Access

You are not currently logged in.

Access your personal account or get JSTOR access through your library or other institution:

login

Log in to your personal account or through your institution.

If You Use a Screen Reader

This content is available through Read Online (Free) program, which relies on page scans. Since scans are not currently available to screen readers, please contact JSTOR User Support for access. We'll provide a PDF copy for your screen reader.

Evidence of Spatially Extensive Resistance to PCBs in an Anadromous Fish of the Hudson River

Zhanpeng Yuan, Simon Courtenay, R. Christopher Chambers and Isaac Wirgin
Environmental Health Perspectives
Vol. 114, No. 1 (Jan., 2006), pp. 77-84
Stable URL: http://www.jstor.org/stable/3436631
Page Count: 8
  • Read Online (Free)
  • Subscribe ($19.50)
  • Cite this Item
Since scans are not currently available to screen readers, please contact JSTOR User Support for access. We'll provide a PDF copy for your screen reader.
Evidence of Spatially Extensive Resistance to PCBs in an Anadromous Fish of the Hudson River
Preview not available

Abstract

Populations of organisms that are chronically exposed to high levels of chemical contaminants may not suffer the same sublethal or lethal effects as naive populations, a phenomenon called resistance. Atlantic tomcod (Microgadus tomcod) from the Hudson River, New York, are exposed to high concentrations of polycyclic aromatic hydrocarbons (PAHs) and bioaccumulate polychlorinated biphenyls (PCBs), polychlorinated dibenzo-p-dioxins (PCDDs), and polychlorinated dibenzofurans (PCDFs). They have developed resistance to PCBs and PCDDs but not to PAHs. Resistance is largely heritable and manifests at early-life-stage toxic end points and in inducibility of cytochrome P4501A (CYP1A) mRNA expression. Because CYP1A induction is activated by the aryl hydrocarbon receptor (AHR) pathway, as are most toxic responses to these compounds, we sought to determine the geographic extent of resistance to CYP1A mRNA induction by PCBs in the Hudson River tomcod population. Samples of young-of-the-year tomcod were collected from seven locales in the Hudson River, extending from the Battery at river mile 1 (RM 1) to RM 90, and from the Miramichi River, New Brunswick, Canada. Laboratory-reared offspring of tomcod adults from Newark Bay, in the western portion of the Hudson River estuary, were also used in this study. Fish were partially depurated in clean water and intraperitoneally injected with 10 ppm coplanar PCB-77, 10 ppm benzo[a]pyrene (BaP), or corn oil vehicle, and levels of CYP1A mRNA were determined. CYP1A was significantly inducible by treatment with BaP in tomcod from the Miramichi River, from laboratory-spawned offspring of Newark Bay origin, and from all Hudson River sites spanning 90 miles of river. In contrast, only tomcod from the Miramichi River displayed significantly induced CYP1A mRNA expression when treated with PCB-77. Our results suggest that the population of tomcod from throughout the Hudson River estuary has developed resistance to CYP1A inducibility and probably other toxicities mediated by the AHR pathway. Tomcod from the Hudson River may represent the most geographically expansive population of vertebrates with resistance to chemical pollutants that has been characterized.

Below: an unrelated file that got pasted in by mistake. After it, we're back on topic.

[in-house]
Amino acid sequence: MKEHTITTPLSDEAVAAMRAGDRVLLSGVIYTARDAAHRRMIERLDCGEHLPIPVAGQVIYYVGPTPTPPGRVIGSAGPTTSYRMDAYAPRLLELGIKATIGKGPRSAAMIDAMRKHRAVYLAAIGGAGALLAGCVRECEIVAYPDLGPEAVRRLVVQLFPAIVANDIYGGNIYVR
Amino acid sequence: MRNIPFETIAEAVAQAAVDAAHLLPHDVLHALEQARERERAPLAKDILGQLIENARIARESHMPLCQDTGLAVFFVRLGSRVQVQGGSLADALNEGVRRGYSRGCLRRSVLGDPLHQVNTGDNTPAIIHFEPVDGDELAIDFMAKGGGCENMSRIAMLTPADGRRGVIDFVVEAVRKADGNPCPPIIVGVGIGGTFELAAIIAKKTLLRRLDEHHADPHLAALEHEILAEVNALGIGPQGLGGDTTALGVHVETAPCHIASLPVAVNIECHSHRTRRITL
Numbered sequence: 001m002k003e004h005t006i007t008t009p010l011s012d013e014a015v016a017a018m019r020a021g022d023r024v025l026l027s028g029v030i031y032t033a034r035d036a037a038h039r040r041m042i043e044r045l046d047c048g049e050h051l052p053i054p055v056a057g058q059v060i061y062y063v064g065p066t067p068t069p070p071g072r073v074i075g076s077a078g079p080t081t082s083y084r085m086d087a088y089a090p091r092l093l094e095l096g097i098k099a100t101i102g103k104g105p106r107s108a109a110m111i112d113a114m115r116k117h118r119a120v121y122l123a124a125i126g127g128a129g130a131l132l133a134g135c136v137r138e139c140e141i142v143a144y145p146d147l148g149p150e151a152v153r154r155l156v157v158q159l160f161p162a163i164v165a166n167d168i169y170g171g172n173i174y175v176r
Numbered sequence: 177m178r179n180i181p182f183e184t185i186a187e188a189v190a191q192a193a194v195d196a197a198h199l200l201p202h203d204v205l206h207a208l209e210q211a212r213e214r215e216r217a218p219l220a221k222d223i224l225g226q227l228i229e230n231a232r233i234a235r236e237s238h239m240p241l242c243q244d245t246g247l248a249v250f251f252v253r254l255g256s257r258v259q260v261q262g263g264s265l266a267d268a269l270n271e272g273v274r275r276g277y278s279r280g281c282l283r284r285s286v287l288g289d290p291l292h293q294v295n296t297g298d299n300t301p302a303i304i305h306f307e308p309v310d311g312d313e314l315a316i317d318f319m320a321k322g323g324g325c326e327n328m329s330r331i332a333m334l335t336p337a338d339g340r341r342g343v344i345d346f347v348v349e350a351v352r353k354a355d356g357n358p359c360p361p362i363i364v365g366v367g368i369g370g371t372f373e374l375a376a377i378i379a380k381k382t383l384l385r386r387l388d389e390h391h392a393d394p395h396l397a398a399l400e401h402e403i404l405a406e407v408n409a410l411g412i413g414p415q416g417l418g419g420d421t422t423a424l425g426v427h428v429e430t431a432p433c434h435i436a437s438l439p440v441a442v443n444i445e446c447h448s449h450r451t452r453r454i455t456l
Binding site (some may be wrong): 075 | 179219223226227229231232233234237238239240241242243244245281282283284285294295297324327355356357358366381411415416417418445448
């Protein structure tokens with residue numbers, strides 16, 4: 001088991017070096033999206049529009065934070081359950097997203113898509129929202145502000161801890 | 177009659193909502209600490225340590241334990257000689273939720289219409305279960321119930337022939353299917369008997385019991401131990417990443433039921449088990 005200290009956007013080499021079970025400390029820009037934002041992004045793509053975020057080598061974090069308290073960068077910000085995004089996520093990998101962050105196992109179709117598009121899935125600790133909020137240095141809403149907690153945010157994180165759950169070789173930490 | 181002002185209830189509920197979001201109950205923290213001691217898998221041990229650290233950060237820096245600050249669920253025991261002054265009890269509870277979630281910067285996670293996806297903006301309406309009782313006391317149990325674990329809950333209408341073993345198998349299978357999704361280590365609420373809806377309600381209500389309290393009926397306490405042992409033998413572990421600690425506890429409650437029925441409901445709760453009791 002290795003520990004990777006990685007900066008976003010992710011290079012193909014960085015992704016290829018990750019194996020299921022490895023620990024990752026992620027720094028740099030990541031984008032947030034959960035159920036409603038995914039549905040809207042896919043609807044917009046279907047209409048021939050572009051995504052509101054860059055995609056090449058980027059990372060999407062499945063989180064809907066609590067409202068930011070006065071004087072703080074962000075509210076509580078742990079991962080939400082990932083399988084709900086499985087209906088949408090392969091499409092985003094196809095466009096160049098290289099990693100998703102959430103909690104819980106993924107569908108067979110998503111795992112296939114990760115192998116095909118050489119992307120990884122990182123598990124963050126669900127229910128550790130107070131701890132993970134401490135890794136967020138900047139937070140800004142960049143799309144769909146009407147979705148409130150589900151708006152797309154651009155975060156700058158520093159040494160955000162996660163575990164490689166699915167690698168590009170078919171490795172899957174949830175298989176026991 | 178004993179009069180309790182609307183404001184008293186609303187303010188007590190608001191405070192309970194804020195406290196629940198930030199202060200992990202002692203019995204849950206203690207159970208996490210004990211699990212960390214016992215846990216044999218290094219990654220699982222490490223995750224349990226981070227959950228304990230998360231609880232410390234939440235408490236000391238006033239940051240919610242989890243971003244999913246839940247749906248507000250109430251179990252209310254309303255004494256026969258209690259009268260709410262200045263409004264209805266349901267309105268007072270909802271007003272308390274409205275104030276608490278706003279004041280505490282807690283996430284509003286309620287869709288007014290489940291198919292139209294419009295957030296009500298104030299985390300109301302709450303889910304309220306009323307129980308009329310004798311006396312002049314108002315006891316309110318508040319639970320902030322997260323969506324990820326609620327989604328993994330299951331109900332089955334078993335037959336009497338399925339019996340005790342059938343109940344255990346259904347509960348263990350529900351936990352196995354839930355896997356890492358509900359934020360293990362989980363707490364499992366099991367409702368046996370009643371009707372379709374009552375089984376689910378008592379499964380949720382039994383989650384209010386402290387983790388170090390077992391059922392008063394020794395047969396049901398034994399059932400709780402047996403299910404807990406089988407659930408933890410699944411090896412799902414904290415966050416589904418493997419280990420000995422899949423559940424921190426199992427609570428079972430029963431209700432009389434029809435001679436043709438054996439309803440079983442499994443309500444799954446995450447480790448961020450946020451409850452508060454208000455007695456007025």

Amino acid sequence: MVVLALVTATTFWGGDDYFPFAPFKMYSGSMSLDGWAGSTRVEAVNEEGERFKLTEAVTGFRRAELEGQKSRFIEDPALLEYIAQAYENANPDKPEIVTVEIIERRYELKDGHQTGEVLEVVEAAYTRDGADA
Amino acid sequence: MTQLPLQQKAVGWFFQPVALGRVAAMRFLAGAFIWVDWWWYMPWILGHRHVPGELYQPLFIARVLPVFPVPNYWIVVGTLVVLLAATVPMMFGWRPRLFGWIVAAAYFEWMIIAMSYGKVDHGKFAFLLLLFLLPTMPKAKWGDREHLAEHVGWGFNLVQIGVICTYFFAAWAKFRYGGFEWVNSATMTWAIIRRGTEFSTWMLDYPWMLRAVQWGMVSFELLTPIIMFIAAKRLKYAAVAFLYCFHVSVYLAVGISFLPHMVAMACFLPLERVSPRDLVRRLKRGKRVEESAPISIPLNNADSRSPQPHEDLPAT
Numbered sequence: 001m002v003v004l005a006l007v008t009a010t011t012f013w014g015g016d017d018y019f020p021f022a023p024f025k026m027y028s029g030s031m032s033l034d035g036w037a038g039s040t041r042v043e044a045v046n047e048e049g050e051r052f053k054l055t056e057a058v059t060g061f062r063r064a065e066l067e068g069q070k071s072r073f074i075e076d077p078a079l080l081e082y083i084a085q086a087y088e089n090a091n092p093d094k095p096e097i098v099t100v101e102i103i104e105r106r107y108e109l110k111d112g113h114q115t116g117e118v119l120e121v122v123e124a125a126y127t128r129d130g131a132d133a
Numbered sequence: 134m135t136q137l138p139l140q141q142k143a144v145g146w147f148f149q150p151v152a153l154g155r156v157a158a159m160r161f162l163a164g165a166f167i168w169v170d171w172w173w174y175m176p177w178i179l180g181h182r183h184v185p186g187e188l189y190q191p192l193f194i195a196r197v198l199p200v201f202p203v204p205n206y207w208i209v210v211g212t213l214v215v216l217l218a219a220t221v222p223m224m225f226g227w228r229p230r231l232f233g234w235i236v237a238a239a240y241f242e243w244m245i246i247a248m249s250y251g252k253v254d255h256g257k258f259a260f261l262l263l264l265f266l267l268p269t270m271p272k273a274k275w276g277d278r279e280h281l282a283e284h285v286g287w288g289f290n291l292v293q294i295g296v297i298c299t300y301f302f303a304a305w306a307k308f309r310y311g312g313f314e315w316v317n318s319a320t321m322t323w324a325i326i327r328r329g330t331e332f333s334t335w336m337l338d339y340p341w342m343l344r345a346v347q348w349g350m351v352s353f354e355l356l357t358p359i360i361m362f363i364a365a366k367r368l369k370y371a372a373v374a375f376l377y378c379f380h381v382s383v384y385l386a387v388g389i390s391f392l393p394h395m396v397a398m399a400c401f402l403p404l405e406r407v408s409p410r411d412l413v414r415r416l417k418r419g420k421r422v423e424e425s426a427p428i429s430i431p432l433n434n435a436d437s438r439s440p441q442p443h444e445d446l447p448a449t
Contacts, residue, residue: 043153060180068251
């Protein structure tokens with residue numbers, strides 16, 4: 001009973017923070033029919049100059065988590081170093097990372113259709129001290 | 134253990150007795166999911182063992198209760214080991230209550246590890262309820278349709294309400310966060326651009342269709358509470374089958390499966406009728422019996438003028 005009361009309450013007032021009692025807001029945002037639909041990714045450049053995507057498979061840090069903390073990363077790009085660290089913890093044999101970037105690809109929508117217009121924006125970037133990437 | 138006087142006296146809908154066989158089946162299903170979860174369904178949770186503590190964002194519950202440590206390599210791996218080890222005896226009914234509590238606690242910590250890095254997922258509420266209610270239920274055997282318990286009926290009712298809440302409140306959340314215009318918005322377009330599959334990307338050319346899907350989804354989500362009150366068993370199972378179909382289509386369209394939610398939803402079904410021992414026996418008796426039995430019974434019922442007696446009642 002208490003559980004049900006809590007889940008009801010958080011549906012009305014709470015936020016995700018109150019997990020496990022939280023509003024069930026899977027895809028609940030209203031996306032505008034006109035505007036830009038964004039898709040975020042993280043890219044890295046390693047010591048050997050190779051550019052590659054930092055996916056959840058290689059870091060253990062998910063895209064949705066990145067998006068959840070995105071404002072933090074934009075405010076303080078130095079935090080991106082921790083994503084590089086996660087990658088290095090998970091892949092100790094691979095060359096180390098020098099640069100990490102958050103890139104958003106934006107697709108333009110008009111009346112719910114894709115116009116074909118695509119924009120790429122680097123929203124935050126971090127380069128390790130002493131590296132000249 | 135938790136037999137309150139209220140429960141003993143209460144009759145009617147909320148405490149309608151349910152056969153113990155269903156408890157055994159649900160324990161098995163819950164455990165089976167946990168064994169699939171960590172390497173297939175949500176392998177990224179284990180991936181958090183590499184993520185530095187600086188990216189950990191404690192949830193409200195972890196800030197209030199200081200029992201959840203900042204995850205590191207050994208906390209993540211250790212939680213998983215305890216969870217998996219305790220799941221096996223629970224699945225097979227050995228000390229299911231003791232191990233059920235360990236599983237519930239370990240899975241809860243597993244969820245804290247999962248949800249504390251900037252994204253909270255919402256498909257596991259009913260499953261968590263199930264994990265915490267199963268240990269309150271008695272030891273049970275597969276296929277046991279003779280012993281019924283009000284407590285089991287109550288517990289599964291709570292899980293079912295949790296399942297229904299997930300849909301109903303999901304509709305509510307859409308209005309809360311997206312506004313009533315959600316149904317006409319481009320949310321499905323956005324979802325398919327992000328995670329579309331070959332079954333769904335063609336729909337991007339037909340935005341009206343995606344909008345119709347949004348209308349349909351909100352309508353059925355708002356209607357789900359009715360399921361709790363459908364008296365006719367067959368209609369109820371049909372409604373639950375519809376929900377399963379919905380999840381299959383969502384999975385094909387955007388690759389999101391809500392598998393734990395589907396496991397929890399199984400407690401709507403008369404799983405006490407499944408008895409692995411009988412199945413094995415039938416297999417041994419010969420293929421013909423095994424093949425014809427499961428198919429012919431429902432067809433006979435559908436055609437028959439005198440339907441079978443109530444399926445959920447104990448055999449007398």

Page Thumbnails

  • Thumbnail: Page 
77
    77
  • Thumbnail: Page 
78
    78
  • Thumbnail: Page 
79
    79
  • Thumbnail: Page 
80
    80
  • Thumbnail: Page 
81
    81
  • Thumbnail: Page 
82
    82
  • Thumbnail: Page 
83
    83
  • Thumbnail: Page 
84
    84